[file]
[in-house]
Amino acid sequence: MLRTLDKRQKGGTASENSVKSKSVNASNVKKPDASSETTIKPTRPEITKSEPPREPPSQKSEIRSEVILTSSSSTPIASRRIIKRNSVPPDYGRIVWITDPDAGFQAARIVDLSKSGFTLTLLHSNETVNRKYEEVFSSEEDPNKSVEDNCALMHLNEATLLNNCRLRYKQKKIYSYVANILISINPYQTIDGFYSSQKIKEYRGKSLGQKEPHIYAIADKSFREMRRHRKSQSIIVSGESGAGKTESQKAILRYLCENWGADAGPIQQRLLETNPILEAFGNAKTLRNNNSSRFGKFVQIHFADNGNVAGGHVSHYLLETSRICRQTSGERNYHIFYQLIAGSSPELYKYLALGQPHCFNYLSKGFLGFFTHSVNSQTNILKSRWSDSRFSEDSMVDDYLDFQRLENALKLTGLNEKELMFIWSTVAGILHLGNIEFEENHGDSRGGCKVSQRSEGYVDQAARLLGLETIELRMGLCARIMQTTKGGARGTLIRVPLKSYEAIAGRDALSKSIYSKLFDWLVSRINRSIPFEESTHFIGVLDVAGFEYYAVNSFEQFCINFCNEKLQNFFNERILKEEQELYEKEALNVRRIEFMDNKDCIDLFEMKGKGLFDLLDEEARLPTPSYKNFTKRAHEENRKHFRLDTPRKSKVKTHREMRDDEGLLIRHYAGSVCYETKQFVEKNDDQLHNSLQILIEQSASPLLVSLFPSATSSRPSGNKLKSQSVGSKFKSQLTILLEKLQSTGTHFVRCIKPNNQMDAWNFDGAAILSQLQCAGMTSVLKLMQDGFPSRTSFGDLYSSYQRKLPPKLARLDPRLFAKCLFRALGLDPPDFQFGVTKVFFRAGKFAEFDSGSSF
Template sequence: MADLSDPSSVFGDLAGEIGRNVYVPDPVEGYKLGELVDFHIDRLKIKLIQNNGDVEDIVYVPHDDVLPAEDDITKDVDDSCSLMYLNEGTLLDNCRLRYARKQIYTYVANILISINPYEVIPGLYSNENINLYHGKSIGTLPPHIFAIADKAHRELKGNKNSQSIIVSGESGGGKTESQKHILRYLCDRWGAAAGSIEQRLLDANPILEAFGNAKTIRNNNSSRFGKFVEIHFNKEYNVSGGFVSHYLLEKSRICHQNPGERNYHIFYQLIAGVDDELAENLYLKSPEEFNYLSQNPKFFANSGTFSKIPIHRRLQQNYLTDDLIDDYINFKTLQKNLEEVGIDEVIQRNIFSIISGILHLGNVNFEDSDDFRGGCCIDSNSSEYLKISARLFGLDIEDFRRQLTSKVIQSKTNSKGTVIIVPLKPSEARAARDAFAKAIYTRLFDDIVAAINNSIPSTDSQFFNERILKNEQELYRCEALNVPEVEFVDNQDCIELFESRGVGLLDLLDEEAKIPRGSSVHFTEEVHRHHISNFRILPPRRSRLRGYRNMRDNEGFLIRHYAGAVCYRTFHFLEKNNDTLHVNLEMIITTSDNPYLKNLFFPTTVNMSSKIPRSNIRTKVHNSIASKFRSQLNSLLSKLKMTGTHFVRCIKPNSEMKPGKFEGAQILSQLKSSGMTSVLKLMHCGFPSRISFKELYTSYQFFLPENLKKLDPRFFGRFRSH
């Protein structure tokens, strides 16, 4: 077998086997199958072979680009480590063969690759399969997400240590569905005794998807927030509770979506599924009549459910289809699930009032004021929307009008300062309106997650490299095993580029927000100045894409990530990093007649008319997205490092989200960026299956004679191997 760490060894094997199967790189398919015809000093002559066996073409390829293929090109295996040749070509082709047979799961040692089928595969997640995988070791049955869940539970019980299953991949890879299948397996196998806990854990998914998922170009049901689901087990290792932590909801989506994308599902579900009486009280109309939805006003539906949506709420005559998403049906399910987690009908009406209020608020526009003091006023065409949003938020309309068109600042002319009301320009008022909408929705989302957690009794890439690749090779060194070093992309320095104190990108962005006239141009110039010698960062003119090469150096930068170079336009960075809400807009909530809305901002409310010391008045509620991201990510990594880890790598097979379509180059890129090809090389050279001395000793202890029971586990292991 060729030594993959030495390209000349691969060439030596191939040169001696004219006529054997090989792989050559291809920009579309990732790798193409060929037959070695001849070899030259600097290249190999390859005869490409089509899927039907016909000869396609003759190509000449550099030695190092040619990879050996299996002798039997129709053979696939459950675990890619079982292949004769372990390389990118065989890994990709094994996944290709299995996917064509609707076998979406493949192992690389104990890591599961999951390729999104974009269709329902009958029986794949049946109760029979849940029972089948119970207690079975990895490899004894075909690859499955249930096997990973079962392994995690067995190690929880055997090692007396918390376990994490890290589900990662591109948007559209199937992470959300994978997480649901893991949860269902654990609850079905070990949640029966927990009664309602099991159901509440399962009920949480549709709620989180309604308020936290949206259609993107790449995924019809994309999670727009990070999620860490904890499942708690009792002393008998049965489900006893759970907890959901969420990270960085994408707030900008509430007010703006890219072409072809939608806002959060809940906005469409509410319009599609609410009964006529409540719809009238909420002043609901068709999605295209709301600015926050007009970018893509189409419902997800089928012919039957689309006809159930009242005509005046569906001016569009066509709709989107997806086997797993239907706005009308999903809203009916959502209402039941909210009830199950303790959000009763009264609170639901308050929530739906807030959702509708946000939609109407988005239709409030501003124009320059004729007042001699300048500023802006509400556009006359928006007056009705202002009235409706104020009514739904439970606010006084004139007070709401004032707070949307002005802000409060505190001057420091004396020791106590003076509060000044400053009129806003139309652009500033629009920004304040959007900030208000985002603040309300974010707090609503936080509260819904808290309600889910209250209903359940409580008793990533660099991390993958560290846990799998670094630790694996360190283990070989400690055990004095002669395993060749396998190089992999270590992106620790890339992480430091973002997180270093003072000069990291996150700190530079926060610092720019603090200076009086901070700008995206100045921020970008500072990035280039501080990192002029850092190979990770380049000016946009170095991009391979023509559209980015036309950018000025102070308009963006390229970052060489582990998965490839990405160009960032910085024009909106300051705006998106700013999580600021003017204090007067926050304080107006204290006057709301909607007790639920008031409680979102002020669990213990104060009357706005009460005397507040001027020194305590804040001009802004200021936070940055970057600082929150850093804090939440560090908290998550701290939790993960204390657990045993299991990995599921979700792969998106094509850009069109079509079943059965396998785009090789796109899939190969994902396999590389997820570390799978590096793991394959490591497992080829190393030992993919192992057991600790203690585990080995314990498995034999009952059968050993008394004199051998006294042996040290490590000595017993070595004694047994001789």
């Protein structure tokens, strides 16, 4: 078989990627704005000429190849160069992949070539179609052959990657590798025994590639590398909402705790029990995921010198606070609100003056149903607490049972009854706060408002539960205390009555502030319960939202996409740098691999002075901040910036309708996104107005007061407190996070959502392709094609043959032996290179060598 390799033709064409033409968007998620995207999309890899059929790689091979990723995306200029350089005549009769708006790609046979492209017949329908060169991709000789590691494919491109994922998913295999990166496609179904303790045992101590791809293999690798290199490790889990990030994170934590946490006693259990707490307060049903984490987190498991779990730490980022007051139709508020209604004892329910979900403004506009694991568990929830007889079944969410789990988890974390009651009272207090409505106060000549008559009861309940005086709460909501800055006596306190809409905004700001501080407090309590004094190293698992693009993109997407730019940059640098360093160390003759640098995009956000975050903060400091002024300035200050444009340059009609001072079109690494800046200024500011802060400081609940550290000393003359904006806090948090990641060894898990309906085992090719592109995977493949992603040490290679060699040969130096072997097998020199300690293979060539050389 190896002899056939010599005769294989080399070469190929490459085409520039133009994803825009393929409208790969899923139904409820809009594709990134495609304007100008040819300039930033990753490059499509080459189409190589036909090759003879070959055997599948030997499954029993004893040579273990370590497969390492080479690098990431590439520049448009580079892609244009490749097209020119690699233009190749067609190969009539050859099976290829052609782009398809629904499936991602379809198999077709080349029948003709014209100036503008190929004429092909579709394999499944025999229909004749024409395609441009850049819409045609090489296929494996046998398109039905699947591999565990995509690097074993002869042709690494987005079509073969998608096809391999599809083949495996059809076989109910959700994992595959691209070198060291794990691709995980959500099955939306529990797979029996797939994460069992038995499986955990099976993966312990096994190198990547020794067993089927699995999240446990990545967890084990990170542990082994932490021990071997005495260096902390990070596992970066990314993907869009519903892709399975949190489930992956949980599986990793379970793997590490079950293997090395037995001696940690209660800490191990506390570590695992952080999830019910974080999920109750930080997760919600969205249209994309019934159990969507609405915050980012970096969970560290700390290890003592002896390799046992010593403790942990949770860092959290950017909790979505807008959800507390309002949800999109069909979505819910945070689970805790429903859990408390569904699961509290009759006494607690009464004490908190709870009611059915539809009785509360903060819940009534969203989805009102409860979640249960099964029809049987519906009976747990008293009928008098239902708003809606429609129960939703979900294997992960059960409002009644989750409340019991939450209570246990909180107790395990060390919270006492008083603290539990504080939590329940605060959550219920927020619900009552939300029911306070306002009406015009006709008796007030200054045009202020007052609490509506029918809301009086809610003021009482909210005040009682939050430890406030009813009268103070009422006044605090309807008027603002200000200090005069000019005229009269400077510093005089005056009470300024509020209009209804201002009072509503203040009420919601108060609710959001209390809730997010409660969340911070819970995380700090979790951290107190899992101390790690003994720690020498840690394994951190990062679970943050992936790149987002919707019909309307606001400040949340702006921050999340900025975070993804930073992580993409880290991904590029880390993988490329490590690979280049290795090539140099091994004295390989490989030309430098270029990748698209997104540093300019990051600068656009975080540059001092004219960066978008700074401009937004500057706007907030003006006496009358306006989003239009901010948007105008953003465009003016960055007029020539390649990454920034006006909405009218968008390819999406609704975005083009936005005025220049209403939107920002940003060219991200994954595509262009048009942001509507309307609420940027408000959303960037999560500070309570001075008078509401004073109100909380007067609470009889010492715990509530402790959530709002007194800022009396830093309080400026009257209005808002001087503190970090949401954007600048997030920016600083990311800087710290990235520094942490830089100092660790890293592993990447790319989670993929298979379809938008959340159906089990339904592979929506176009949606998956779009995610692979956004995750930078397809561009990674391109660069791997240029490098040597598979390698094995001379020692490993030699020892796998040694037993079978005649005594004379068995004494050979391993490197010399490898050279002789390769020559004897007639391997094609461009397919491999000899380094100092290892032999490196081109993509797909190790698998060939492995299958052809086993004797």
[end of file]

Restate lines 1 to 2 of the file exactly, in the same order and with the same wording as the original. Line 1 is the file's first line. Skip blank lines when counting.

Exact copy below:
[in-house]
Amino acid sequence: MLRTLDKRQKGGTASENSVKSKSVNASNVKKPDASSETTIKPTRPEITKSEPPREPPSQKSEIRSEVILTSSSSTPIASRRIIKRNSVPPDYGRIVWITDPDAGFQAARIVDLSKSGFTLTLLHSNETVNRKYEEVFSSEEDPNKSVEDNCALMHLNEATLLNNCRLRYKQKKIYSYVANILISINPYQTIDGFYSSQKIKEYRGKSLGQKEPHIYAIADKSFREMRRHRKSQSIIVSGESGAGKTESQKAILRYLCENWGADAGPIQQRLLETNPILEAFGNAKTLRNNNSSRFGKFVQIHFADNGNVAGGHVSHYLLETSRICRQTSGERNYHIFYQLIAGSSPELYKYLALGQPHCFNYLSKGFLGFFTHSVNSQTNILKSRWSDSRFSEDSMVDDYLDFQRLENALKLTGLNEKELMFIWSTVAGILHLGNIEFEENHGDSRGGCKVSQRSEGYVDQAARLLGLETIELRMGLCARIMQTTKGGARGTLIRVPLKSYEAIAGRDALSKSIYSKLFDWLVSRINRSIPFEESTHFIGVLDVAGFEYYAVNSFEQFCINFCNEKLQNFFNERILKEEQELYEKEALNVRRIEFMDNKDCIDLFEMKGKGLFDLLDEEARLPTPSYKNFTKRAHEENRKHFRLDTPRKSKVKTHREMRDDEGLLIRHYAGSVCYETKQFVEKNDDQLHNSLQILIEQSASPLLVSLFPSATSSRPSGNKLKSQSVGSKFKSQLTILLEKLQSTGTHFVRCIKPNNQMDAWNFDGAAILSQLQCAGMTSVLKLMQDGFPSRTSFGDLYSSYQRKLPPKLARLDPRLFAKCLFRALGLDPPDFQFGVTKVFFRAGKFAEFDSGSSF